The second risk is a deterioration in gains/losses on securities investment due to substantial adjustments in financial markets. Under the prolonged low interest rate environment in Japan, Japanese financial institutions have been actively investing, particularly in domestic and overseas credit products and investment trusts, to search for yield. Meanwhile, the importance of non-bank financial intermediaries (NBFIs) such as investment funds in financial intermediation activities has been growing in the global financial system. In recent years, there has been a growing overlap in the securities portfolios of Japan's financial institutions and investment funds, measured by the correlation of market values of the portfolios, and there seems to be a growing possibility that the market risk that Japanese financial institutions face at times of stress is amplified by not only their investment behavior but also the activities of NBFIs. The analysis in this Report shows that financial institutions with a higher degree of overlap with investment funds tend to be affected much more by shocks in global financial markets.

The third risk is a destabilization of foreign currency funding due to the tightening of foreign currency funding markets. With Japan's financial institutions having expanded their foreign currency assets, there were stress events such as the market turmoil in March 2020, where financial institutions were forced to change their funding instruments significantly. According to an analysis of the determinants of foreign currency funding instruments and their funding rates, funding conditions are not only affected significantly by changes in global market conditions such as in interest rates and redemption rates of investment funds but also depend on financial institutions' funding profiles, including the degree to which funding counterparties are diversified. With the future risk of an adjustment in global financial markets in mind, attention should continue to be paid to the foreign currency funding basis and financing management.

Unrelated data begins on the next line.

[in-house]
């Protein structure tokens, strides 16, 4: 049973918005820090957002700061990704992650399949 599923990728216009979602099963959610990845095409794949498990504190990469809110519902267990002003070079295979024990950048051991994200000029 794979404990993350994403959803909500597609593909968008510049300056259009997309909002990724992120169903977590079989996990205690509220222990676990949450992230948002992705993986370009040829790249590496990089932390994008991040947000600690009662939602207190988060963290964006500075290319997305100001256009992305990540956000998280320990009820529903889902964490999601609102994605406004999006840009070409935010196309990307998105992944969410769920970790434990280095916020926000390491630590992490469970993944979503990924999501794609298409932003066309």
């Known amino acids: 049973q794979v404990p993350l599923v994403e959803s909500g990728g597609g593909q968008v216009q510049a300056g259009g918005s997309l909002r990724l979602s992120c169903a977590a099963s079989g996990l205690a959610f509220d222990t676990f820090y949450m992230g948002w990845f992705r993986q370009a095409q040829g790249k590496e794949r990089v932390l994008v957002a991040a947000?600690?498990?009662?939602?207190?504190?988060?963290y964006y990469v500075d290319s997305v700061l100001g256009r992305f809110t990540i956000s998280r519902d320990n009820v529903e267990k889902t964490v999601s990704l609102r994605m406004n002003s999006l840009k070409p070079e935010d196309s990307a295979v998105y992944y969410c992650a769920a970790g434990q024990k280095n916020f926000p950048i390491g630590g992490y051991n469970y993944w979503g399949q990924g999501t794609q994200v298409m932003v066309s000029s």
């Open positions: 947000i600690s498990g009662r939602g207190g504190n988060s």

Even after the pandemic subsides, it is likely that the low interest rate environment and structural factors will continue to exert downward pressure on financial institutions' profits. Against this backdrop, attention should be paid to the risk of a gradual pullback in financial intermediation, or on the contrary, to the possibility that the vulnerability of the financial system increases, mainly as a result of financial institutions' search for yield behavior.